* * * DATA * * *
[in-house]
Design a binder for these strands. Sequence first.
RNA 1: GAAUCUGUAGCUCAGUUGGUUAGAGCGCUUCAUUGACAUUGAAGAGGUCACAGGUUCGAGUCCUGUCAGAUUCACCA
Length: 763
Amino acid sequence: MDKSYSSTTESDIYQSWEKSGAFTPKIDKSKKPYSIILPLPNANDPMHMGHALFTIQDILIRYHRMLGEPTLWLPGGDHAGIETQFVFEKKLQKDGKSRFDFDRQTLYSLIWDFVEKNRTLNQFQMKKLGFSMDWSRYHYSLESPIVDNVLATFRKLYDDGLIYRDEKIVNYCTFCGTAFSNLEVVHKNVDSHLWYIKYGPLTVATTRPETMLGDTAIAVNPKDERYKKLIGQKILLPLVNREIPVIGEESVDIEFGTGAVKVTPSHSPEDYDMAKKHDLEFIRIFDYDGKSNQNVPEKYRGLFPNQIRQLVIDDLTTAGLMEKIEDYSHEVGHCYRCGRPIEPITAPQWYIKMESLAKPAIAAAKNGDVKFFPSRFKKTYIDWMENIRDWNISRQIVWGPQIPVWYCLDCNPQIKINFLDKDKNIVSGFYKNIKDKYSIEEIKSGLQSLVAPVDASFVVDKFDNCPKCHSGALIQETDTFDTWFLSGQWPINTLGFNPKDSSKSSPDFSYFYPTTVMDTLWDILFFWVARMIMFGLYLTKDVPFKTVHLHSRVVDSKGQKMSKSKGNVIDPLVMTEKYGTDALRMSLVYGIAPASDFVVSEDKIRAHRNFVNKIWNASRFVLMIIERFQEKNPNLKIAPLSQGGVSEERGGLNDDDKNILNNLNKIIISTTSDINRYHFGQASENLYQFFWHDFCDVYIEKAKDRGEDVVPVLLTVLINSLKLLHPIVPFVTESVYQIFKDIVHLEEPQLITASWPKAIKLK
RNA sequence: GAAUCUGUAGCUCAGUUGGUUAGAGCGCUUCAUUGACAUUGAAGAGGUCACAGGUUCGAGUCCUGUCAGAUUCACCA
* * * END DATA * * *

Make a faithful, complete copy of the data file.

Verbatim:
[in-house]
Design a binder for these strands. Sequence first.
RNA 1: GAAUCUGUAGCUCAGUUGGUUAGAGCGCUUCAUUGACAUUGAAGAGGUCACAGGUUCGAGUCCUGUCAGAUUCACCA
Length: 763
Amino acid sequence: MDKSYSSTTESDIYQSWEKSGAFTPKIDKSKKPYSIILPLPNANDPMHMGHALFTIQDILIRYHRMLGEPTLWLPGGDHAGIETQFVFEKKLQKDGKSRFDFDRQTLYSLIWDFVEKNRTLNQFQMKKLGFSMDWSRYHYSLESPIVDNVLATFRKLYDDGLIYRDEKIVNYCTFCGTAFSNLEVVHKNVDSHLWYIKYGPLTVATTRPETMLGDTAIAVNPKDERYKKLIGQKILLPLVNREIPVIGEESVDIEFGTGAVKVTPSHSPEDYDMAKKHDLEFIRIFDYDGKSNQNVPEKYRGLFPNQIRQLVIDDLTTAGLMEKIEDYSHEVGHCYRCGRPIEPITAPQWYIKMESLAKPAIAAAKNGDVKFFPSRFKKTYIDWMENIRDWNISRQIVWGPQIPVWYCLDCNPQIKINFLDKDKNIVSGFYKNIKDKYSIEEIKSGLQSLVAPVDASFVVDKFDNCPKCHSGALIQETDTFDTWFLSGQWPINTLGFNPKDSSKSSPDFSYFYPTTVMDTLWDILFFWVARMIMFGLYLTKDVPFKTVHLHSRVVDSKGQKMSKSKGNVIDPLVMTEKYGTDALRMSLVYGIAPASDFVVSEDKIRAHRNFVNKIWNASRFVLMIIERFQEKNPNLKIAPLSQGGVSEERGGLNDDDKNILNNLNKIIISTTSDINRYHFGQASENLYQFFWHDFCDVYIEKAKDRGEDVVPVLLTVLINSLKLLHPIVPFVTESVYQIFKDIVHLEEPQLITASWPKAIKLK
RNA sequence: GAAUCUGUAGCUCAGUUGGUUAGAGCGCUUCAUUGACAUUGAAGAGGUCACAGGUUCGAGUCCUGUCAGAUUCACCA